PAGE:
Art: Return to the Past

The young Harvard student had barely read half way through the article he had casually picked up one day in 1928 when he realized that his whole life would have to change. The son of a wealthy Cleveland corporation lawyer, Philip Johnson was majoring in Greek and philosophy, but the piece on modern architecture came as a revelation. It had been written by a young Vassar professor named Henry-Russell Hitchcock—a man who was to become famous as an art scholar, and who inadvertently put Johnson on the path of becoming one of the most unusual architects in the U.S.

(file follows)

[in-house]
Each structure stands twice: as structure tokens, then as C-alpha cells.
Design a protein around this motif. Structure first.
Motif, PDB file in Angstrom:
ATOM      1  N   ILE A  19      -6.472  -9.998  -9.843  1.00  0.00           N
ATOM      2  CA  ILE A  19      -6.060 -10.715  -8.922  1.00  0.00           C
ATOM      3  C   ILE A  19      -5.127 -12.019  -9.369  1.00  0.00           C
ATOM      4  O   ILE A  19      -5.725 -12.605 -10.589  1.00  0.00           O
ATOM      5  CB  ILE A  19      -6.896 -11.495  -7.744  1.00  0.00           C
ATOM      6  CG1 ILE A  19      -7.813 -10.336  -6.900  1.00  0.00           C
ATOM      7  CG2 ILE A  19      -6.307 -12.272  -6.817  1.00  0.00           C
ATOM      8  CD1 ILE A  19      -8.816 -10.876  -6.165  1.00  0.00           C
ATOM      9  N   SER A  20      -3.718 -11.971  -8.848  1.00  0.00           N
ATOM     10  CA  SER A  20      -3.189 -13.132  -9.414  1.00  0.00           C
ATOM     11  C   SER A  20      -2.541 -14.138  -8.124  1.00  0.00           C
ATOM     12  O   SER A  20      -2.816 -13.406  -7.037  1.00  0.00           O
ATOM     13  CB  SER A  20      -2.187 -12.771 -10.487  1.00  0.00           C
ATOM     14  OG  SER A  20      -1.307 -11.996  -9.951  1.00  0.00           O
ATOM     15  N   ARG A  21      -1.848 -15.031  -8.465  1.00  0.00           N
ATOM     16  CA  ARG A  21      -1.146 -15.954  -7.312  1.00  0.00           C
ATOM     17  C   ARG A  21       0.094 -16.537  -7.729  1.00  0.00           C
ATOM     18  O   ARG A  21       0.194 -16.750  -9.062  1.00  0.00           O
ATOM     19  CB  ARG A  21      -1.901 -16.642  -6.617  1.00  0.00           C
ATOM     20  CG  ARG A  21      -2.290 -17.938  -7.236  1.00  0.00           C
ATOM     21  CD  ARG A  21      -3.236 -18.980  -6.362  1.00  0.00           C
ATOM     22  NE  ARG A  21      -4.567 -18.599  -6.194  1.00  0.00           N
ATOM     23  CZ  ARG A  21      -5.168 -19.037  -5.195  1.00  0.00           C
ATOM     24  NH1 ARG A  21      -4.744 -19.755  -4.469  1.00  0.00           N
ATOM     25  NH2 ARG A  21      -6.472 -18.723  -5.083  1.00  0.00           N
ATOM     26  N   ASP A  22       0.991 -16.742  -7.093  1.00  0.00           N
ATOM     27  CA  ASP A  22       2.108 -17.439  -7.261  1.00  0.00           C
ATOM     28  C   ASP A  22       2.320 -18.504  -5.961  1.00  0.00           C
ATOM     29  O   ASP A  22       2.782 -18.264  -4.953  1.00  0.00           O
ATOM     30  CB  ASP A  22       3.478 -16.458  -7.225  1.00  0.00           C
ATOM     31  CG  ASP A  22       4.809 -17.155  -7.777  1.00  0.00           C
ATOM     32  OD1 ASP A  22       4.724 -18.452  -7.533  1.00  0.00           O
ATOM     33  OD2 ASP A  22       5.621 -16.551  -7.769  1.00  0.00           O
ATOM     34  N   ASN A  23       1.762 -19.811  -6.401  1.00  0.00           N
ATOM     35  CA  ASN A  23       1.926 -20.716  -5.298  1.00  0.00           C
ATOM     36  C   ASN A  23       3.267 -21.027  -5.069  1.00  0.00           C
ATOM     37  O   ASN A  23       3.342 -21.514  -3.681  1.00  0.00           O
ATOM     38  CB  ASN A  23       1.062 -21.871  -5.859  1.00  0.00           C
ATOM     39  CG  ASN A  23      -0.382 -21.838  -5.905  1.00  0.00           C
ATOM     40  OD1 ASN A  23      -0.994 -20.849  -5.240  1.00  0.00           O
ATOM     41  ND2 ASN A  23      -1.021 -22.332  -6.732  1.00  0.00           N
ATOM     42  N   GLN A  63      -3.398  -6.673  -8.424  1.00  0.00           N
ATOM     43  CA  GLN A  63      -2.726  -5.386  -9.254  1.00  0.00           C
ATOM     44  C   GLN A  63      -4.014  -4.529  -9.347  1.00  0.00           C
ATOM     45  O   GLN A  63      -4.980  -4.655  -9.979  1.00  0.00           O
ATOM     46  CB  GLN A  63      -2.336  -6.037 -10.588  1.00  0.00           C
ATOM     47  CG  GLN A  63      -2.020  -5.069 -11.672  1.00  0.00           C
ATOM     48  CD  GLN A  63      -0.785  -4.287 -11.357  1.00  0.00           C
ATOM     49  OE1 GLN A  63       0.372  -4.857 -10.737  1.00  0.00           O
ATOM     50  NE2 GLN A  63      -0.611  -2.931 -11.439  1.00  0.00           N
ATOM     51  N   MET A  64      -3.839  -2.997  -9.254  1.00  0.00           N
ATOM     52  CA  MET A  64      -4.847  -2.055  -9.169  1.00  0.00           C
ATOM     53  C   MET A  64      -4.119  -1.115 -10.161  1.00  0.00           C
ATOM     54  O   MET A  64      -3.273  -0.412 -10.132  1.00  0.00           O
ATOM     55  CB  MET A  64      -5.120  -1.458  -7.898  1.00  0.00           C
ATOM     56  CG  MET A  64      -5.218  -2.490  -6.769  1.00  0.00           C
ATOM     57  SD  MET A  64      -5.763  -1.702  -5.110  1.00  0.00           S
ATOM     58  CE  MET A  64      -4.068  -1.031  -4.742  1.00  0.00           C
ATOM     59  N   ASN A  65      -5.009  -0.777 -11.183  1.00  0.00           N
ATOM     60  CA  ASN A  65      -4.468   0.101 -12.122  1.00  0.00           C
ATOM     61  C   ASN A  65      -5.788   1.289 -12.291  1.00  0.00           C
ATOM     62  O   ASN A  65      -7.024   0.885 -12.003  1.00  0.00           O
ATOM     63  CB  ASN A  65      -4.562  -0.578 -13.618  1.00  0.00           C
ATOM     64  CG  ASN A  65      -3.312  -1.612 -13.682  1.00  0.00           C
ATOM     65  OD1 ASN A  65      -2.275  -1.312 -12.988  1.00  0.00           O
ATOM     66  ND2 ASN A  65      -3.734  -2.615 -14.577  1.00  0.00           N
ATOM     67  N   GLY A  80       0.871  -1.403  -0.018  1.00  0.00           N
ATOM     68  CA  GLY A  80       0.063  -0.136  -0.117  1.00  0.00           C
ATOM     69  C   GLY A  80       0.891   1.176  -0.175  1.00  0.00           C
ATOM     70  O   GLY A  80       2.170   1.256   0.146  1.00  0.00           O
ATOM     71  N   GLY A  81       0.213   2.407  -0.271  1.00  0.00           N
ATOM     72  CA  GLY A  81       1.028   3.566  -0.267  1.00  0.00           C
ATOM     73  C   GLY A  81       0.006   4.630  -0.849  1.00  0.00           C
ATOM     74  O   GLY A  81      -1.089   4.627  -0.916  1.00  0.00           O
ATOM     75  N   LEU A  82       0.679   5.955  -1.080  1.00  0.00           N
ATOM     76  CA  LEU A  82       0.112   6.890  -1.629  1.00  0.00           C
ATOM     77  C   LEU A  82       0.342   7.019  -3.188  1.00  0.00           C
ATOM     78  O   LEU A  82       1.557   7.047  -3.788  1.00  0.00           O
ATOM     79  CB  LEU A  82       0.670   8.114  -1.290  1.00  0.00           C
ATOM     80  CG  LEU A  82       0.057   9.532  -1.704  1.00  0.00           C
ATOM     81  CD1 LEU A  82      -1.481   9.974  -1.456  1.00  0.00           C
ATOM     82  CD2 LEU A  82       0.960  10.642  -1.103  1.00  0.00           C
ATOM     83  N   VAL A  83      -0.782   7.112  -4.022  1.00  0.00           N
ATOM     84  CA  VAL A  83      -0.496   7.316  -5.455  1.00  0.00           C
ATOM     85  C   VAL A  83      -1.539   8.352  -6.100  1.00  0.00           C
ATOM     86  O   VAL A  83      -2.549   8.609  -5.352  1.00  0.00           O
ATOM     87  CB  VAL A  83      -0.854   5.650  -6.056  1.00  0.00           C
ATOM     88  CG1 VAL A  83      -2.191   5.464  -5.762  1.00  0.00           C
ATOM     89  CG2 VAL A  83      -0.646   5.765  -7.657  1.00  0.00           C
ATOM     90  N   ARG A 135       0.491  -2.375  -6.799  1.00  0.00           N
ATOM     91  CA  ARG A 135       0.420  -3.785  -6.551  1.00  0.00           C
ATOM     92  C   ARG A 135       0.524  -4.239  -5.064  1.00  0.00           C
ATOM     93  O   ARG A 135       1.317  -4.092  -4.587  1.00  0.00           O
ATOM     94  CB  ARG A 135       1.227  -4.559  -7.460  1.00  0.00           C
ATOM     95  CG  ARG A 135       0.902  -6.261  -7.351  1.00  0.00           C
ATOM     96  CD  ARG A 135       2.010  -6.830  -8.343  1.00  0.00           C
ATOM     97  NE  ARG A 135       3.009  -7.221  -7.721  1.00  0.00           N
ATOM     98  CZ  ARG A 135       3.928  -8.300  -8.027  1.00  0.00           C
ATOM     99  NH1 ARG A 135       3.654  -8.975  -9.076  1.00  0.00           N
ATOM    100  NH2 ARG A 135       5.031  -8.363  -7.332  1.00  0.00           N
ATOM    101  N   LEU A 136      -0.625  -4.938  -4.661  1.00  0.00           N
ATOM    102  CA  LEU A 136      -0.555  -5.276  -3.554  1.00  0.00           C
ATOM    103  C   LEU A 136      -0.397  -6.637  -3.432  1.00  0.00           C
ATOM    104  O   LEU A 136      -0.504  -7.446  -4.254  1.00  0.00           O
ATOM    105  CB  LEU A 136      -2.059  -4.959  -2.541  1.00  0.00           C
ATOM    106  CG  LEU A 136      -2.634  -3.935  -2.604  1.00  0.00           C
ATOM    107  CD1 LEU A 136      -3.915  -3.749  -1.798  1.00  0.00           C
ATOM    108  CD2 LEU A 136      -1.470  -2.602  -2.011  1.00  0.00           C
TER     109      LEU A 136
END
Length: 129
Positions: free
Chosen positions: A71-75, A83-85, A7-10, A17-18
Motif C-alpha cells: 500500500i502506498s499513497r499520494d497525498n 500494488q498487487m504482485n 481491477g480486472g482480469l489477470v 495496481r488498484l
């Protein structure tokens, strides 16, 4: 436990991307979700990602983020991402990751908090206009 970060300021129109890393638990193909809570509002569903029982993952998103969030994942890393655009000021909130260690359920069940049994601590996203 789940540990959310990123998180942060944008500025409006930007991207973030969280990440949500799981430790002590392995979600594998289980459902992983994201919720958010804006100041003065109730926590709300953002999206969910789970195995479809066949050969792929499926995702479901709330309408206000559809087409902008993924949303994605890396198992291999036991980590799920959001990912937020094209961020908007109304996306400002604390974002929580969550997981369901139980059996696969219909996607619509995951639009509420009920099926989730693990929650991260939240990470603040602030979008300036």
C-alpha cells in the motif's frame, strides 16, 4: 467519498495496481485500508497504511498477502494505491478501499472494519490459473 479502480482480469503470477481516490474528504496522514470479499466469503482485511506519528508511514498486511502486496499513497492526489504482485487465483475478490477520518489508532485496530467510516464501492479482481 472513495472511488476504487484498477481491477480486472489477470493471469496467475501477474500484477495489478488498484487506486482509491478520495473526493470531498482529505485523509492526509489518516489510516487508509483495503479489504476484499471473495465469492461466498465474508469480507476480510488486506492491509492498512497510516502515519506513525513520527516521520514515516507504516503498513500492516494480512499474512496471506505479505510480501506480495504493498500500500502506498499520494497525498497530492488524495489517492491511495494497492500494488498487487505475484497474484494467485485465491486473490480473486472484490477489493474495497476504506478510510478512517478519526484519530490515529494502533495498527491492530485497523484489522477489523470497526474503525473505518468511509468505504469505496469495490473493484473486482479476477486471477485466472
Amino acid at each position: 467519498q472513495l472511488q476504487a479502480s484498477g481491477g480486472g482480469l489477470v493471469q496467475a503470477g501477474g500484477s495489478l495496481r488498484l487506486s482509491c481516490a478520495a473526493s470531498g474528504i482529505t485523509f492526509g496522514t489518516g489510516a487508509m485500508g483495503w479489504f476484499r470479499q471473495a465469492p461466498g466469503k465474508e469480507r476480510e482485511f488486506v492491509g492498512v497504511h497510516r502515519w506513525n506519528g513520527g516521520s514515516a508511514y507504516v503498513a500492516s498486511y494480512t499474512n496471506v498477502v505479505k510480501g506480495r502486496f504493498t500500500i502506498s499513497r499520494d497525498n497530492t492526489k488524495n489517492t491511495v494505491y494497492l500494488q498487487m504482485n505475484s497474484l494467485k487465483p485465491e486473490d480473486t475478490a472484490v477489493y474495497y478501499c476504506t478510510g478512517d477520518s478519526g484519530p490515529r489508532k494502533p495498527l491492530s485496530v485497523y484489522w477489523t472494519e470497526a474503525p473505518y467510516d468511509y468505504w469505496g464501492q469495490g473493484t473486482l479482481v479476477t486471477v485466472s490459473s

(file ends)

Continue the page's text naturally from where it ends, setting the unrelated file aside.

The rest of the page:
In 1930 the...

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